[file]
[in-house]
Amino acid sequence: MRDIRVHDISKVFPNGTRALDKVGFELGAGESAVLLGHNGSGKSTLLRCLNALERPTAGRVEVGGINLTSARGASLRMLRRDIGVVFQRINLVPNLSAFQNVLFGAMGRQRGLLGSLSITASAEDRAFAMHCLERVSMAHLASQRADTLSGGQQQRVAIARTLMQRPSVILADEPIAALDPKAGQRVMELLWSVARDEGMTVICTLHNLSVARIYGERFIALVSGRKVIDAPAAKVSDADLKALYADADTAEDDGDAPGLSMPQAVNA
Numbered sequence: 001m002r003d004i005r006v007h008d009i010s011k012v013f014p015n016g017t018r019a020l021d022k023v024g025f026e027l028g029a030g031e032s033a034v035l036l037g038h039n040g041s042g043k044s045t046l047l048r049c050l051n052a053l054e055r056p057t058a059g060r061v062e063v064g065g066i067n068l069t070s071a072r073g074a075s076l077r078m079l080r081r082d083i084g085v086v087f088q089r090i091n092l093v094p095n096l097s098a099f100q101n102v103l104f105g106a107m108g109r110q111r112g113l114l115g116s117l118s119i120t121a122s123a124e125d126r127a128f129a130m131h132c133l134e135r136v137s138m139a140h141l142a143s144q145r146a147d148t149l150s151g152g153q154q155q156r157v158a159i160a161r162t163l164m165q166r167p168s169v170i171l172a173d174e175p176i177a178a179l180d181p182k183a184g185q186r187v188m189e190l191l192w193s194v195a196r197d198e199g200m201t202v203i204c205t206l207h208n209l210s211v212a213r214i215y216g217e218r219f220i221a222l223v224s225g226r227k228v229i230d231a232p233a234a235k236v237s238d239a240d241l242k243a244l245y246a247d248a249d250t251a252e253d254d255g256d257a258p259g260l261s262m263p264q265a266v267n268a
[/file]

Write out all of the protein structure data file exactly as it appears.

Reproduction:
[in-house]
Amino acid sequence: MRDIRVHDISKVFPNGTRALDKVGFELGAGESAVLLGHNGSGKSTLLRCLNALERPTAGRVEVGGINLTSARGASLRMLRRDIGVVFQRINLVPNLSAFQNVLFGAMGRQRGLLGSLSITASAEDRAFAMHCLERVSMAHLASQRADTLSGGQQQRVAIARTLMQRPSVILADEPIAALDPKAGQRVMELLWSVARDEGMTVICTLHNLSVARIYGERFIALVSGRKVIDAPAAKVSDADLKALYADADTAEDDGDAPGLSMPQAVNA
Numbered sequence: 001m002r003d004i005r006v007h008d009i010s011k012v013f014p015n016g017t018r019a020l021d022k023v024g025f026e027l028g029a030g031e032s033a034v035l036l037g038h039n040g041s042g043k044s045t046l047l048r049c050l051n052a053l054e055r056p057t058a059g060r061v062e063v064g065g066i067n068l069t070s071a072r073g074a075s076l077r078m079l080r081r082d083i084g085v086v087f088q089r090i091n092l093v094p095n096l097s098a099f100q101n102v103l104f105g106a107m108g109r110q111r112g113l114l115g116s117l118s119i120t121a122s123a124e125d126r127a128f129a130m131h132c133l134e135r136v137s138m139a140h141l142a143s144q145r146a147d148t149l150s151g152g153q154q155q156r157v158a159i160a161r162t163l164m165q166r167p168s169v170i171l172a173d174e175p176i177a178a179l180d181p182k183a184g185q186r187v188m189e190l191l192w193s194v195a196r197d198e199g200m201t202v203i204c205t206l207h208n209l210s211v212a213r214i215y216g217e218r219f220i221a222l223v224s225g226r227k228v229i230d231a232p233a234a235k236v237s238d239a240d241l242k243a244l245y246a247d248a249d250t251a252e253d254d255g256d257a258p259g260l261s262m263p264q265a266v267n268a